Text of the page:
Emerging Conceptual, Ethical and Policy Issues in Bionanotechnology

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Fabrice Jotterand
Springer Science & Business Media, Sep 20, 2008 - Medical - 264 pages
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Nanobiotechnology is the convergence of existing and new biotechnology with the 1 ability to manipulate matter at or near the molecular level. This ability to manipulate matter on a scale of 100 nanometers (nm) or less is what constitutes the nanotechnology revolution occurring today, the potentially vast economic and social implications of which are yet to be fully understood (Royal Society, 2004). The most immediate way to understand the implications of nanobiotechnology for ethics is to consider the real life concerns of communities that are mobilizing within civil society. The conflicts and ethical debates surrounding nanotechnology will, almost by definition, emerge on the fault lines between different civil society actors, researchers and financial interests associated with nanobiotechnology, as well as (potentially) government regulators. These fault lines are all reflected within the concerns (as expressed d- cursively) of the communities mobilizing. This chapter will explore converging d- courses regarding converging technologies. Converging Technologies (CT) are already a familiar theme in the next gene- tion of biotechnology, nanotechnology, pharmacogenomics and proteomics research 2 and development. Nanobiotechnology means that previously separate disciplines (IT, physics, chemistry, and biology) are merging and converging to create new applications and even new life forms through converged technological platforms. Schummer (2004), and Glimell and Fogelberg (2003, p. 43), note the predominance of interdisciplinarity as a core theme of nano-discourse.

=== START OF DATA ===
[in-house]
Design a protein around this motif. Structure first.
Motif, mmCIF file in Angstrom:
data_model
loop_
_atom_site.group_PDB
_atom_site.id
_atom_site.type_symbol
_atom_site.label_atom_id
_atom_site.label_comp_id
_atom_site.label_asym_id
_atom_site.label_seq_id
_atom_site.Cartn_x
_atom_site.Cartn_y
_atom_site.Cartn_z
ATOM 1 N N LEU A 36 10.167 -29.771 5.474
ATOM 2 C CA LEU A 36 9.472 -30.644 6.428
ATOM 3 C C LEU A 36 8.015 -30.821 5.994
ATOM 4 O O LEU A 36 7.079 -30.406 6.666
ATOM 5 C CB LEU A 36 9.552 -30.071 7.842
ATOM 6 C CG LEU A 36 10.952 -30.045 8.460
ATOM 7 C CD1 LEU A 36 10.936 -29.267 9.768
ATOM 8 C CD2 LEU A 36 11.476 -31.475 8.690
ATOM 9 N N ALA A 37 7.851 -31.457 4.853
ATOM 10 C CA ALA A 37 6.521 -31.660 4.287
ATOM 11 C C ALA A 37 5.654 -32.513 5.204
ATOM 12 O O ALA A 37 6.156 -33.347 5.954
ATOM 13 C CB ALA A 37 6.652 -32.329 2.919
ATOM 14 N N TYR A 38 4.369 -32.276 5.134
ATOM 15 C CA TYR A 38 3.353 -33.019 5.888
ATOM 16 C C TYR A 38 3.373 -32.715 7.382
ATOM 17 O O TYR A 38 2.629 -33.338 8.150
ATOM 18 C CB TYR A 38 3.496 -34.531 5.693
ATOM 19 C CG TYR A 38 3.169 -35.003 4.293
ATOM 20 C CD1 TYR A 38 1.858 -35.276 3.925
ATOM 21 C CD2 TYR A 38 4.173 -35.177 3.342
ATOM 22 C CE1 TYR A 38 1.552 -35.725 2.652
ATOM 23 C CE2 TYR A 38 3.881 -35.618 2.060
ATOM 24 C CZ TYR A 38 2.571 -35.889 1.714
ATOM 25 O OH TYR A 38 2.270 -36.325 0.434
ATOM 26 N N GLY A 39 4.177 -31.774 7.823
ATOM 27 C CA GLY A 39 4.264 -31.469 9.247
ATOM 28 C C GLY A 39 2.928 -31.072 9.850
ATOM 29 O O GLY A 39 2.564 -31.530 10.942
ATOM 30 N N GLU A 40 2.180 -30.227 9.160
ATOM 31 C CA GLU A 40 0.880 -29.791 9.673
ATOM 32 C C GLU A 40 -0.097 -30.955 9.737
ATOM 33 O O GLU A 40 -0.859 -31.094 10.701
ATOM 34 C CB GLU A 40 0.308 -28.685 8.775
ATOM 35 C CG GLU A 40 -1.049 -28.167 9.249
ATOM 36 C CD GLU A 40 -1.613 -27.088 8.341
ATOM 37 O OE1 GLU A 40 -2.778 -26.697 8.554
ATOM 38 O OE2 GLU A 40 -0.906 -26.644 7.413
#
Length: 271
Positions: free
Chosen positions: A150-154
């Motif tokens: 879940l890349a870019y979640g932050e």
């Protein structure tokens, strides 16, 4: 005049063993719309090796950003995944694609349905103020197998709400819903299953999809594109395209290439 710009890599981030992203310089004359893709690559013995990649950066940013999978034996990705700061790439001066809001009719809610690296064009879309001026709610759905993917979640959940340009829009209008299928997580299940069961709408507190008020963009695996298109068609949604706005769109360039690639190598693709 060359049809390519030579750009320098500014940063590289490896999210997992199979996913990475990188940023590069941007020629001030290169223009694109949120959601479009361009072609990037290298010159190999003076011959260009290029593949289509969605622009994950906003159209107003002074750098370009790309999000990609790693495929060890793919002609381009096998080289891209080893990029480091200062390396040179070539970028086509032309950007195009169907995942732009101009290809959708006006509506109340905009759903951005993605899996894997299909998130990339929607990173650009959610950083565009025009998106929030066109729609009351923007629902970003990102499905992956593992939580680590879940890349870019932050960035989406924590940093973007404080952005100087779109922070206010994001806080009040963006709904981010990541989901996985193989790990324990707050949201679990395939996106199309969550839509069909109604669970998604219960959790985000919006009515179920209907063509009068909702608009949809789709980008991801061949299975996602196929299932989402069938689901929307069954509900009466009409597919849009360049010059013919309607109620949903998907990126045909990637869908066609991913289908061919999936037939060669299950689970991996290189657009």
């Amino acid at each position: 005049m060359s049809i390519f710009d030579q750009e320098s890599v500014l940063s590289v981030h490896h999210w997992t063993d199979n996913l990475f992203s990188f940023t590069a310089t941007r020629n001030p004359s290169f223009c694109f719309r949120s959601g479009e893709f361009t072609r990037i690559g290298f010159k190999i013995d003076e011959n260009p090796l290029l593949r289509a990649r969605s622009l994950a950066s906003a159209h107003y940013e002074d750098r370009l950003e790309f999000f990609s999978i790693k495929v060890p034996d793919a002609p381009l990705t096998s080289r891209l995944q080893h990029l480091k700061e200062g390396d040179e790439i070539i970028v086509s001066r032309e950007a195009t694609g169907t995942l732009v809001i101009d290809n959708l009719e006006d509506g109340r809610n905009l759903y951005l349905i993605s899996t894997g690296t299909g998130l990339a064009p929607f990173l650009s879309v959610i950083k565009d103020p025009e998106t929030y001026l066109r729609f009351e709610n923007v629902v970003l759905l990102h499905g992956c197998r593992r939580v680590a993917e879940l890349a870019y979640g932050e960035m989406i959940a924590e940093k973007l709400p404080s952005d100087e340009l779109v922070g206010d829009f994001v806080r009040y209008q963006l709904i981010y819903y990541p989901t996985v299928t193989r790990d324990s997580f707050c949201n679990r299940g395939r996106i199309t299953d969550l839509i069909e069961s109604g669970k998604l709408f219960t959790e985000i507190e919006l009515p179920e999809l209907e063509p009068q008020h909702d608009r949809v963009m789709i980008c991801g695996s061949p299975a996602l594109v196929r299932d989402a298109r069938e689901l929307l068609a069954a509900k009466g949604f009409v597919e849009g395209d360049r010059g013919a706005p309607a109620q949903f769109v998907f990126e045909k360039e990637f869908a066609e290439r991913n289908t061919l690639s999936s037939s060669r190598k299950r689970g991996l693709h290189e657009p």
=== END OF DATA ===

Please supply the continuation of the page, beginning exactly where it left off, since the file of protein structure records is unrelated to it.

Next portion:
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Why Ethics Is Important for Bionanotechnology
The World View of Nanotechnology Philosophical Reflections
Technological Concept or Metaphor?
No Future for Nanotechnology? Historical Development vs Global Expansion
A New Challenge for Ethical Reflection?
Risk Management and the Precautionary Principle
The Ethics of Nanotechnology
Small Materials Big Impacts and Unknown Consequences
Allotropes of Fieldwork in Nanotechnology
Law Regulation and the Medical Use of Nanotechnology
Stage Two Enhancements
Nanotechnology the Body and the Mind
Toward a Framework for Assessing Radical Human Enhancements
Author Index
Subject Index

Converging Civil Society Discourses

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